The government and oil firms have pledged to clean up the region and other parts of the delta, but residents say they have seen little action.

Shell Petroleum Development is the largest oil and gas company in Nigeria, with capacity of more than 1 million barrels of oil equivalent a day.

Three judges are expected to deliver their verdict on the case in the new year. – Reuters

Source: Business Report

Nigeria oil giant Shell taken to Court.

Nigerian oil giant shell has been taken in a Dutch court to face charges of destroying livelihoods in Nigerian villages in the Niger Delta region on Thursday.

The farmers case, which could set a precedent for global environmental responsibility was established by four Nigerian farmers and the Dutch branch of campaigners Friends of the Earth. The charges by the farmers on the oil spills dating back to 2005 by the Anglo-Dutch company has made fishing and farming in the plaintiffs’ Niger Delta villages impossible.

The case was first filed in 2008, demanding that Royal Dutch Shell clean up the mess, repair and maintain defective pipelines to prevent further damage and pay out compensation. Despite protests from Shell that its Nigerian subsidiary was exclusively legally responsible for any damage, the Dutch bench in 2009 declared itself competent to try the case.

Shell is the biggest producer of oil in the West African country, where it has been drilling for over 50 years. Environmental groups accuse Shell of double standards and treating spills in Nigeria differently from pollution in Europe or North America. Friends of the Earth Netherlands spokesman Geert Ritsema told AFP that twice as much oil has been spilled in Nigeria than was in the Gulf of Mexico causing a massive scale of pollution in Nigeria but it’s has never been cleaned up. The 2010 explosion and sinking of BP’s Deepwater Horizon rig led to around five million barrels of oil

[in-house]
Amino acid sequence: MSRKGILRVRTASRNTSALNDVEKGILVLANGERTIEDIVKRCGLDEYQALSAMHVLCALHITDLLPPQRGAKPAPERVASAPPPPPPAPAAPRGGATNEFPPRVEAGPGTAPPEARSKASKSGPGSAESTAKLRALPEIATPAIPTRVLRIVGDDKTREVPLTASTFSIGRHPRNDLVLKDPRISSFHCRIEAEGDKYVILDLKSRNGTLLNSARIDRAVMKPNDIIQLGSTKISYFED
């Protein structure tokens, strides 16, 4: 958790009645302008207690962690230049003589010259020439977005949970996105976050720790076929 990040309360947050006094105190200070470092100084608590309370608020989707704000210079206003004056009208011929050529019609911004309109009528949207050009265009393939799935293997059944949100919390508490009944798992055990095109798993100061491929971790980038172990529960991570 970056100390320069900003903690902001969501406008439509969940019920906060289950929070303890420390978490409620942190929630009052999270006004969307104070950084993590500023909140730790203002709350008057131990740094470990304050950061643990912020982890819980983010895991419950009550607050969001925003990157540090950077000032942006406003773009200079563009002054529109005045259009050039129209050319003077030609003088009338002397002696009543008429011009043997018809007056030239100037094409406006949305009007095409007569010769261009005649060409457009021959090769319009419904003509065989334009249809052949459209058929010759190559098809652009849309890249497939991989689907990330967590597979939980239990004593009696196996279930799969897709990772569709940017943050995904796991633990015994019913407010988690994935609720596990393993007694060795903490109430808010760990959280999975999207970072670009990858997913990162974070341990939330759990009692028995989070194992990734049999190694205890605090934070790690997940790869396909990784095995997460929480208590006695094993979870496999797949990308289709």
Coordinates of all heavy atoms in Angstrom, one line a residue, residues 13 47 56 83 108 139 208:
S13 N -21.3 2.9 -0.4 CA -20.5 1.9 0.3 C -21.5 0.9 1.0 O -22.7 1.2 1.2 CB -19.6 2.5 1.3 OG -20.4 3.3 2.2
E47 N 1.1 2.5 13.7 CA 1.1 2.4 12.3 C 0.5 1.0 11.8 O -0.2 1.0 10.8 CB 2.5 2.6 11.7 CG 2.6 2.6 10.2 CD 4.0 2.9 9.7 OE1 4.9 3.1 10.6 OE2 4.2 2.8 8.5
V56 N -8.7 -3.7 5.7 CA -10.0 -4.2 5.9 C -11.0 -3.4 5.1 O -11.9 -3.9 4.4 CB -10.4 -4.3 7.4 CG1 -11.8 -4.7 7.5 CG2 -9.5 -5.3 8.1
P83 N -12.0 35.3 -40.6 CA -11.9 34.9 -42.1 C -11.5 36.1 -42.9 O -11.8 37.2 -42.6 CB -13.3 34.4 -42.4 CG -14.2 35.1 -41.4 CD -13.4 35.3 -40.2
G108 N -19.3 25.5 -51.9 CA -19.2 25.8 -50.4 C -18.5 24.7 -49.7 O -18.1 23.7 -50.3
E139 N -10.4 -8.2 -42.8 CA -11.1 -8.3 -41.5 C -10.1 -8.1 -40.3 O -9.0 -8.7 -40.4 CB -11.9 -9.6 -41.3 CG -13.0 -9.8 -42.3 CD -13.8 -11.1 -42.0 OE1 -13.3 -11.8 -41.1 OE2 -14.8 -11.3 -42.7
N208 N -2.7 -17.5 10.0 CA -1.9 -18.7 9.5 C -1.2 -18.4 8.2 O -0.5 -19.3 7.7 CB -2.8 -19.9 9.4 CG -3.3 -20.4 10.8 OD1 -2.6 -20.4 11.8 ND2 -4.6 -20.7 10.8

leaking into the Gulf of Mexico in the biggest ever marine spill. Shell in an attempt to defend itself says that spills in Nigeria are well below five million barrels and that the company cleans up whenever there is a leak, many of which it says they claim to caused by sabotage. Last year, it was estimated through the United Nations Environment Programme report that over half a century of oil operation in the region, by firms including Shell, had caused deeper damage to the Ogoniland area of the Niger Delta. According to reports, thousands of other compensation claims from those affected by oil spills could be table by farmers if this case is successful. Environmentalists want the Netherlands, and other Western nations, to pass laws forcing companies to enforce the same environmental responsibility standards abroad as at home.

SELVA Vida Sin Fronteras acknowledges Kevin Schafer’s important contribution towards protecting the highly endangered Amazon pink fresh water dolphin. Title photographs of our “The Amazon Pink Dolphin’s Voice” were taken by Mr. Schafer. 



Editorial: SELVA-Vida Sin Fronteras

Editorial Committee

David Dunham

Arno Ambrosius

Gustavo López Ospina

Mariana Almeida

Pieter Jan Brouwer

Assistant: Emilia Romero

The Amazon Pink Dolphin’s Voice is associated with the International Environmental Mission, a grass roots citizens movement created by Chilean Senator Juan Pablo Letelier.


~ by FSVSF Admin on 15 October, 2012.